Don Nelson said of David Lee that he was a very good power forward, but an all-star center. I think you can say something very similar of Harrison Barnes. His defensive deficiencies, poor handle and poor passing ability make him project as a mediocre small forward. But those problems all magically disappear against the slower, over-matched players he faces at the four. Barnes is currently a very mediocre three, but potentially a very good stretch-four.
Outlet Passes: At 5:50 3Q Barnes threw a long outlet to Jack on the fast break. This followed an earlier Draymond Green outlet to Curry at 8:11 2nd Q. Why do I mention this? Because all season long the Warriors rookies were forbidden from throwing these, and all season long the point guards came back to them to pick the ball up. Another indication of just what kind of breakout this game represented for Mark Jackson.
Andrew Bogut: This might have been one of those games where his ankle was killing him, or perhaps his early foul trouble setting screens just got him out of rhythm. But it wasn’t a great game for him. He was a step slow on offense and defense, resulting in foul trouble, and fumbled the ball away on numerous occasions.
He did set great screens for Curry though, and none so great as the one that knocked Iguodala out of the game at 11:13 3Q. That was one vicious screen, set with malicious intent.
Festus Ezeli: The man who saved this Warriors’ season came up big in this game.
I just have to point this out: did you notice the Warriors’ final play of the first half? It was a Jack/Ezeli pick and roll. Jack was blitzed by Koufos, found Ezeli in the lane, and the young man finished with authority.
Carl Landry: He looked better in this game than the last, possibly because Koufos and McGee played fewer minutes. He did have some nice finishes, and he helped get Chandler in foul trouble, but he was the only rotation player who had a negative plus/minus.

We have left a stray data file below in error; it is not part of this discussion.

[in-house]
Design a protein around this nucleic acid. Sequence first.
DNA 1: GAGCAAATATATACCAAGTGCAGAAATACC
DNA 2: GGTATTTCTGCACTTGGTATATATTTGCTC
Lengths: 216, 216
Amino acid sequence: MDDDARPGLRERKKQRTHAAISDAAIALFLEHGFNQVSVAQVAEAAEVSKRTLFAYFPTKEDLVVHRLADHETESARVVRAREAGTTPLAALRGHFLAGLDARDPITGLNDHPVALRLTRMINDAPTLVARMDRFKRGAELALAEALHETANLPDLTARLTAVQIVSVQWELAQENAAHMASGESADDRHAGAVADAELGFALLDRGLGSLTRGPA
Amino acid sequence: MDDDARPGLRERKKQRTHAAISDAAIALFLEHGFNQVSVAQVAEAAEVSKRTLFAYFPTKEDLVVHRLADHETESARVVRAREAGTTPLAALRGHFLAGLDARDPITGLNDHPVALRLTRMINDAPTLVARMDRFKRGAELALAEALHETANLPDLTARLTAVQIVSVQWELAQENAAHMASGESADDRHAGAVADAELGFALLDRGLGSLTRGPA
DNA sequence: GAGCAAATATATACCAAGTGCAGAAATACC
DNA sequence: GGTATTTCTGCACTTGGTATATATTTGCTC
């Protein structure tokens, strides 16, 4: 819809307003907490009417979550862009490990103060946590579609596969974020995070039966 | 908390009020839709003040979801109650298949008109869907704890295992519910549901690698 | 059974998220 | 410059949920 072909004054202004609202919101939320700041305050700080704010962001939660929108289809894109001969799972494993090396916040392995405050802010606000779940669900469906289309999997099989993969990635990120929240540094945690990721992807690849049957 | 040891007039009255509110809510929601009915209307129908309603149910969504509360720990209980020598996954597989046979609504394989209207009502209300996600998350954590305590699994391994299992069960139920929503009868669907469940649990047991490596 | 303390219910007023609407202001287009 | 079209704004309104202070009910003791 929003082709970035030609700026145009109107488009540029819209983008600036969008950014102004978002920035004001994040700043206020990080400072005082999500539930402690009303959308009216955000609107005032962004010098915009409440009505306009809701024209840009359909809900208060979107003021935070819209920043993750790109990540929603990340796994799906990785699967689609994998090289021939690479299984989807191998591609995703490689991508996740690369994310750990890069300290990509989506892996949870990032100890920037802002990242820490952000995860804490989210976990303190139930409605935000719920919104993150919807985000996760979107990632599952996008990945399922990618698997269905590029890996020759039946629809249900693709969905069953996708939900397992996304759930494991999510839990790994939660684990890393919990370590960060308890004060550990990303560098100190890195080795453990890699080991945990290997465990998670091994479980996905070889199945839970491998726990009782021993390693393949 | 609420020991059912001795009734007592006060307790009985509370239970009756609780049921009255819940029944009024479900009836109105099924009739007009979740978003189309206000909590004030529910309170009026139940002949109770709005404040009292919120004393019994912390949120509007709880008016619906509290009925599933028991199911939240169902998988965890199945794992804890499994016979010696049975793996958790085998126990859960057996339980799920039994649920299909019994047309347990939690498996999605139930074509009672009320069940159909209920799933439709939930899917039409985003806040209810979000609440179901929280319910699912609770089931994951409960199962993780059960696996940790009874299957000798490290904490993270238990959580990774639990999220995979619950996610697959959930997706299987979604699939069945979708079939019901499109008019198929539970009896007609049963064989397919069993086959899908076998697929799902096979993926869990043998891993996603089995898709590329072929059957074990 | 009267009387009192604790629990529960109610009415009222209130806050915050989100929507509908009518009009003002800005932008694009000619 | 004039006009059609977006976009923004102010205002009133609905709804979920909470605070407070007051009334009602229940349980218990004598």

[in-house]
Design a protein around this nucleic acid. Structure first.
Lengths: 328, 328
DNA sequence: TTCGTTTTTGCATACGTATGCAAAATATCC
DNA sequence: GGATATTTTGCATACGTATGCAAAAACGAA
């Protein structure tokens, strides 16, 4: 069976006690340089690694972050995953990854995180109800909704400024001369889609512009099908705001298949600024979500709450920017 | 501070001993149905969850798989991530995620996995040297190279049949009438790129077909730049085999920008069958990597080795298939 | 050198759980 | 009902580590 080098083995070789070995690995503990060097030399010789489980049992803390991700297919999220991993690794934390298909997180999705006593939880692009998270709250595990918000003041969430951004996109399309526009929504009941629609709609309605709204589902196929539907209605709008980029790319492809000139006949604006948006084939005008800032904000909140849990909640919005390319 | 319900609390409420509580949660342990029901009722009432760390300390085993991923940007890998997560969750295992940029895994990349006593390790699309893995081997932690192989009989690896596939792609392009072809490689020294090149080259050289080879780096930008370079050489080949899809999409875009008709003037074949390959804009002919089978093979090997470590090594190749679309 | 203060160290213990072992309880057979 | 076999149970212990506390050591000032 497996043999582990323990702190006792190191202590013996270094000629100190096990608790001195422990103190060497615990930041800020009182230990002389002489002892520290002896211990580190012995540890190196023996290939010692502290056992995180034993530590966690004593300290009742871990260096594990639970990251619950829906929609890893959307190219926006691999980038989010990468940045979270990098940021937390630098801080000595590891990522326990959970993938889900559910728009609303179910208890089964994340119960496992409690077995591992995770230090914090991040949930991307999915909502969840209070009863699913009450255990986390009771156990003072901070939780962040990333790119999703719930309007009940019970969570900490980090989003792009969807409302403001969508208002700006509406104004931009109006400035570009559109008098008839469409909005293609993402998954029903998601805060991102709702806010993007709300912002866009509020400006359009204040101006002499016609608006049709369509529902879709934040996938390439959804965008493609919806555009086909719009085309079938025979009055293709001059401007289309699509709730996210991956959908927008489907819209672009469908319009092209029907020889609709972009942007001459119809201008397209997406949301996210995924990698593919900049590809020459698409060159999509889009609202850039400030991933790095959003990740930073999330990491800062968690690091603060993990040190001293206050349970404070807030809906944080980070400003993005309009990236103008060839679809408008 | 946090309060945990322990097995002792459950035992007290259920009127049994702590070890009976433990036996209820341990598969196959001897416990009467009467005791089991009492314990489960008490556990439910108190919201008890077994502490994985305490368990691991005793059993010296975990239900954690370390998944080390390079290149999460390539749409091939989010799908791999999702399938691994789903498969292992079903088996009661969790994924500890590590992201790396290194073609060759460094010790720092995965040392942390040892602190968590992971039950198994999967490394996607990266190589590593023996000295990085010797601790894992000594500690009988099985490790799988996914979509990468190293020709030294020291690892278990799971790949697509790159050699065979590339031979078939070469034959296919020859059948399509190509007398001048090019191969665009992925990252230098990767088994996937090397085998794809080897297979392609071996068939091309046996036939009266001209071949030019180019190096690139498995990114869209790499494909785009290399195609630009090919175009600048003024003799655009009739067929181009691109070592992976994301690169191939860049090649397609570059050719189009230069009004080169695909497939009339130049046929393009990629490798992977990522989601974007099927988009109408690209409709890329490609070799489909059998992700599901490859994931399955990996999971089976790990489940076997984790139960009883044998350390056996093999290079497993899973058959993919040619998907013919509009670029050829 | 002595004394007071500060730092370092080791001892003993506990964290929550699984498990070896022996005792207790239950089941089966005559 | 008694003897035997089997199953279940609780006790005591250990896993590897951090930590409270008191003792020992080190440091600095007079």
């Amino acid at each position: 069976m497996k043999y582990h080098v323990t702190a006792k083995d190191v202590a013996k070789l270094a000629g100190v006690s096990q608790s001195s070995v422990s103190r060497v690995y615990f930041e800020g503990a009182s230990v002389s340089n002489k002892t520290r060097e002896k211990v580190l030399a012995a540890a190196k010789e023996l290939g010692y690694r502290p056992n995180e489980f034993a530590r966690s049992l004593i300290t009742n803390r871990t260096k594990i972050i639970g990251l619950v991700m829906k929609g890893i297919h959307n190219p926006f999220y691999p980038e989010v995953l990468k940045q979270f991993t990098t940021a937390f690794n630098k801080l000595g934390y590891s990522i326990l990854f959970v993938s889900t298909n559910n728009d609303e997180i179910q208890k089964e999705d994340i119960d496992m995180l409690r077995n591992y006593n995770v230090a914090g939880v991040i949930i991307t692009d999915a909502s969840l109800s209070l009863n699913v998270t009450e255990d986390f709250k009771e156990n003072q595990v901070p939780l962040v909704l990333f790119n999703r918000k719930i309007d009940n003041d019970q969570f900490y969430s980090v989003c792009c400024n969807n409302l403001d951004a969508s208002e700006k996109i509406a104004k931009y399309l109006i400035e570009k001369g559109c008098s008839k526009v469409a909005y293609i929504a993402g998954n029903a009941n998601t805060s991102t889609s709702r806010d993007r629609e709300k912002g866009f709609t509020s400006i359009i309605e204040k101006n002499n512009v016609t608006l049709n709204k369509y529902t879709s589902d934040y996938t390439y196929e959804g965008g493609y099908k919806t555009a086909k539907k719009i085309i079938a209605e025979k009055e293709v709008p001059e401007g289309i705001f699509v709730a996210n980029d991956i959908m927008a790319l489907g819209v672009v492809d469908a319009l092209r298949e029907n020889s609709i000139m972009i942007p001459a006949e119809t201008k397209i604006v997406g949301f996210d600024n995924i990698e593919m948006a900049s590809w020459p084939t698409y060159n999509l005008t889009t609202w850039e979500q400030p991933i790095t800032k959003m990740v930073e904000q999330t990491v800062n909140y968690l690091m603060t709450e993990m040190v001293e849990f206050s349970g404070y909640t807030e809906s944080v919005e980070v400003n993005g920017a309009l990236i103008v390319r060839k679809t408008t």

The Warriors need his minutes, but the Nuggets aren’t a great matchup for him, and the Warriors are at their best playing stretch-fours.
Anthony Randolph: Karl went to Randolph because his quickness at center allowed him to blitz Curry’s pick and roll extremely effectively.
If Koufos and McGee continue to get torn up by Curry, we could see a lot more of the seldom-used Randolph in this series.
Kenneth Faried: He is to the Nuggets what the rusty Bogut was to the Warriors during the regular season: a liability. Faried killed the Nuggets in this game. He is not a basketball player so much as he is a physical beast on the boards, and a finisher on the fast break. When you rob him of his quickness and athleticism, there’s nothing left worth playing. He’s a particularly poor defender.
If he doesn’t get fully healthy in a hurry, the Nuggets could be in real trouble in this series. They might be anyway.
The Chess Match: Mark Jackson made an incredible number of great adjustments and playcalls in this game.
The opening move to Barnes at the four, Jack in the starting lineup, and all-out Nellieball. Returning Bogut to the role of high-pick setter, to spring Curry free of Iguodala and Chandler, helped by the spread floor. Relentlessly attacking the weak link in the Nuggets defense: Lawson, Miller, and Randolph on Barnes.
Nellieball, Nellieball, Nellieball, even after the Warriors sprang out to a double digit lead in crunch time. Never took his foot off the gas. Whenever Karl got smaller and faster, Jackson did him one better. Draymond Green at center.
Mark Jackson outcoached the great George Karl. A few more performances like this one, and he will enter my pantheon.
I wonder what will happen when Karl reinserts the Manimal into the starting lineup? Will Jackson return to conventionality with Landry at the four? Or will he give Harrison Barnes the ultimate test?
The outcome of this series could ride on the answer.